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Topic:
Sum of two squares problem
Replies:
3
Last Post:
Jul 27, 2010 7:44 PM




Re: Sum of two squares problem
Posted:
Jul 27, 2010 9:36 AM


On Jul 27, 2:50 pm, Gerry <ge...@math.mq.edu.au> wrote: > On Jul 27, 9:36 pm, Knud Thomsen <sa...@ktalgorithms.com> wrote: > > > > > For the sum of two squares function (1): > > > r2(c) = number of integer pairs (x,y) for which x^2 + y^2 = c > > > consider the special arguments c' defined by: > > > r2(c') > sup{r2(d): d < c'} > > > A table of c' and r2(c') starts like this: > > >  > > c' r2(c') Factors of r2(c') > >  > > 1 4 1 > > 5 8 5 > > 25 12 5^2 > > 65 16 5 13 > > 325 24 5^2 13 > > 1105 32 5 13 17 > > 4225 36 5^2 13^2 > >  > > <snip!> > > > > > The entries annotated with '?' are tentative, as for the alleged c' > > only r2(c') and r2(c'1) were calculated. The preceding entries, > > however, are based on exhaustive searches. > > > It seems like c' can be factored into primes congruent to 1 modulo 4, > > reminding one of Fermat's theorem on sums of two squares and the > > Brahmagupta?Fibonacci identity. > > > Any comments on the apparent regularity for c'>=5525: each time c' > > doubles, the next prime congruent to 1 modulo 4 is added as a factor? > > > Best regards, > > Knud Thomsen > > Geologist, Denmark > > > References > > 1. Mathworld Sum of Squares Function > > http://mathworld.wolfram.com/SumofSquaresFunction.html > > The column you have labeled Factors of r2(c') is, of course, > actually factorization of c'. On the other hand, when you > write of c' doubling, you actually mean r2(c') doubling. > > Anyway, it is wellknown and not terribly deep that if p > is prime, 1 mod 4, and not a factor of m, then r2(pm) = 2 r2(m). > > Anyway anyway, have a look athttp://www.research.att.com/~njas/sequences/A071383 >  > GM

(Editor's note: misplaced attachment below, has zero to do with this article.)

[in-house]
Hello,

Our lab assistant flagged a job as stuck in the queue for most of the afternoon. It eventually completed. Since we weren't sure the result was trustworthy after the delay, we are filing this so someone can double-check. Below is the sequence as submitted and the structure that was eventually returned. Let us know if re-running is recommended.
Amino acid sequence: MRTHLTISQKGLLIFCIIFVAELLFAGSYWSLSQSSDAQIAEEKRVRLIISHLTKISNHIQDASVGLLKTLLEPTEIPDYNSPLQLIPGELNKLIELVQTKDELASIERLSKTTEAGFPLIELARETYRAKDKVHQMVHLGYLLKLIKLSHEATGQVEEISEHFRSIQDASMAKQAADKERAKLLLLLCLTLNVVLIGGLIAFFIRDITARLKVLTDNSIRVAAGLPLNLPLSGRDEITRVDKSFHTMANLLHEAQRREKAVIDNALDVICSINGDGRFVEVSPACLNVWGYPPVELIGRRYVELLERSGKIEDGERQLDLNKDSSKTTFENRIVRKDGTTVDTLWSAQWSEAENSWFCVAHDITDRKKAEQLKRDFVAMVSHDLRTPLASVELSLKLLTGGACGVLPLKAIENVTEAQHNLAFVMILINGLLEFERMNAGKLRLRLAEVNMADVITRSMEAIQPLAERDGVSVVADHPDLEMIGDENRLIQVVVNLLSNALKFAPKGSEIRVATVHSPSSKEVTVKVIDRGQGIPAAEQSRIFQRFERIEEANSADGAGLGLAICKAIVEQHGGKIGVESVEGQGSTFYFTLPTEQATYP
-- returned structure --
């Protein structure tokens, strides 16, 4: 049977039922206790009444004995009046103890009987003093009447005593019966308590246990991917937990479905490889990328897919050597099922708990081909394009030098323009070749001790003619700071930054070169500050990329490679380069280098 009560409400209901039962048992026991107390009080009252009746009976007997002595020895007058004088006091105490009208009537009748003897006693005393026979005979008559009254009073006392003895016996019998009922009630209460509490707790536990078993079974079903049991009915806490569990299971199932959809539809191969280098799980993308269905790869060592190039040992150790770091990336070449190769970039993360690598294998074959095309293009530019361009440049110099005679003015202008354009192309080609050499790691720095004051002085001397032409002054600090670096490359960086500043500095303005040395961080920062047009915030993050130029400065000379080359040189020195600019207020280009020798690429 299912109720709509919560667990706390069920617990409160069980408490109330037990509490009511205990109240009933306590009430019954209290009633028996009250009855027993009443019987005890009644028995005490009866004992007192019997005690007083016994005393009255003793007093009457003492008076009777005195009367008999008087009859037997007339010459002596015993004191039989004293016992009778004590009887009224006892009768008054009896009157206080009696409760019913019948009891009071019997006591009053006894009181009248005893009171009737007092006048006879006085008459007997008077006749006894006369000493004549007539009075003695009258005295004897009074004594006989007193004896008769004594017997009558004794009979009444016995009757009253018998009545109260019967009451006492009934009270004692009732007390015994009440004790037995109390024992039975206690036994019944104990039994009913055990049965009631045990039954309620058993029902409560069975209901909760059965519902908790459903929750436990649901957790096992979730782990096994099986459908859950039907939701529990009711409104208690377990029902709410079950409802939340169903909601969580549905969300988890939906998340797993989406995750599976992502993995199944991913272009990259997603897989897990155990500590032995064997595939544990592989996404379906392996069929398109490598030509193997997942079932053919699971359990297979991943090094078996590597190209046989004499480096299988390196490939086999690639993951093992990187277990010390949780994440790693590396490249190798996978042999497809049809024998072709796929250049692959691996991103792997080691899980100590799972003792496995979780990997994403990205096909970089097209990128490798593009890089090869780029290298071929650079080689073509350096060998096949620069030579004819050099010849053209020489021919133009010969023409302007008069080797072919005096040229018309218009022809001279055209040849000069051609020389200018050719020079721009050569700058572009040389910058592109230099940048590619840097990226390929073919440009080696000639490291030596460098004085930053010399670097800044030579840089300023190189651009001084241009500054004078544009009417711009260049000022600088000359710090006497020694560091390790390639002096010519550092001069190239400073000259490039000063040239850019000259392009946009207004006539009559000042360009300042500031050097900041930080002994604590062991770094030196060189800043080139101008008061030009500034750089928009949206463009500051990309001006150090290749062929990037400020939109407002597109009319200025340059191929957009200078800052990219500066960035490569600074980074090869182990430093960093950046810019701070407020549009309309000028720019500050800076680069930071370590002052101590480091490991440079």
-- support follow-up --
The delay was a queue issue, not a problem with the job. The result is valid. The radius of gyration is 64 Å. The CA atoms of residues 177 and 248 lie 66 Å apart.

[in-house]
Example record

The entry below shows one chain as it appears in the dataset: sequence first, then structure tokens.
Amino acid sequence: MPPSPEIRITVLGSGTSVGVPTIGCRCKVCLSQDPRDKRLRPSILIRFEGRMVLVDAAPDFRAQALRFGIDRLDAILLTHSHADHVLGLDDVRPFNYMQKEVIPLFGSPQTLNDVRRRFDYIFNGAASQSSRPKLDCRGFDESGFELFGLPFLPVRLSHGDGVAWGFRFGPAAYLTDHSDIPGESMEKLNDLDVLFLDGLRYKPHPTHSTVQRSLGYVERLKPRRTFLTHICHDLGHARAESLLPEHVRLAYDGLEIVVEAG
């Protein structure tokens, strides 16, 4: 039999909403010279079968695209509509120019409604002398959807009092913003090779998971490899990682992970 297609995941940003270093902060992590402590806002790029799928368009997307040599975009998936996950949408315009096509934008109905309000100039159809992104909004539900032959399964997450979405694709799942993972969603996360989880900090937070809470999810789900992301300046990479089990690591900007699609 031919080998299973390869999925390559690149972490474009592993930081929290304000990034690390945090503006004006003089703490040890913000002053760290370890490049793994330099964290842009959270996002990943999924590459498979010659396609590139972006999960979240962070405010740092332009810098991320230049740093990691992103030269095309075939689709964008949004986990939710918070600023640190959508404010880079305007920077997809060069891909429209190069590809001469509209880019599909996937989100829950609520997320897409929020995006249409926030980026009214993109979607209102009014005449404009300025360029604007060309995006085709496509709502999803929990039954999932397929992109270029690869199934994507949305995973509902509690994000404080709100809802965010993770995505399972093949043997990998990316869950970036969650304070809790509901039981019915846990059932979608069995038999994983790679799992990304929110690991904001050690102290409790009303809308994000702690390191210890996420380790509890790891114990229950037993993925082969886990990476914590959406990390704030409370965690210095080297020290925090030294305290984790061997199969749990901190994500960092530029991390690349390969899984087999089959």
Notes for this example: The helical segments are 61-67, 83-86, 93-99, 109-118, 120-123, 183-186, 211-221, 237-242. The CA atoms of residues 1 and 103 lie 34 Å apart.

Many thanks, Gerry, for the references, something for me to dig into. Yes, sorry about the incorrect table header. Too bad I forgot to look up that c' integer sequence myself .. Do you happen to have an (online) reference to a proof of the 'r2(pm) = 2 r2(m)' relation at hand? I mean, it may not be deep, but it isn't obvious to this layman ;).
Knud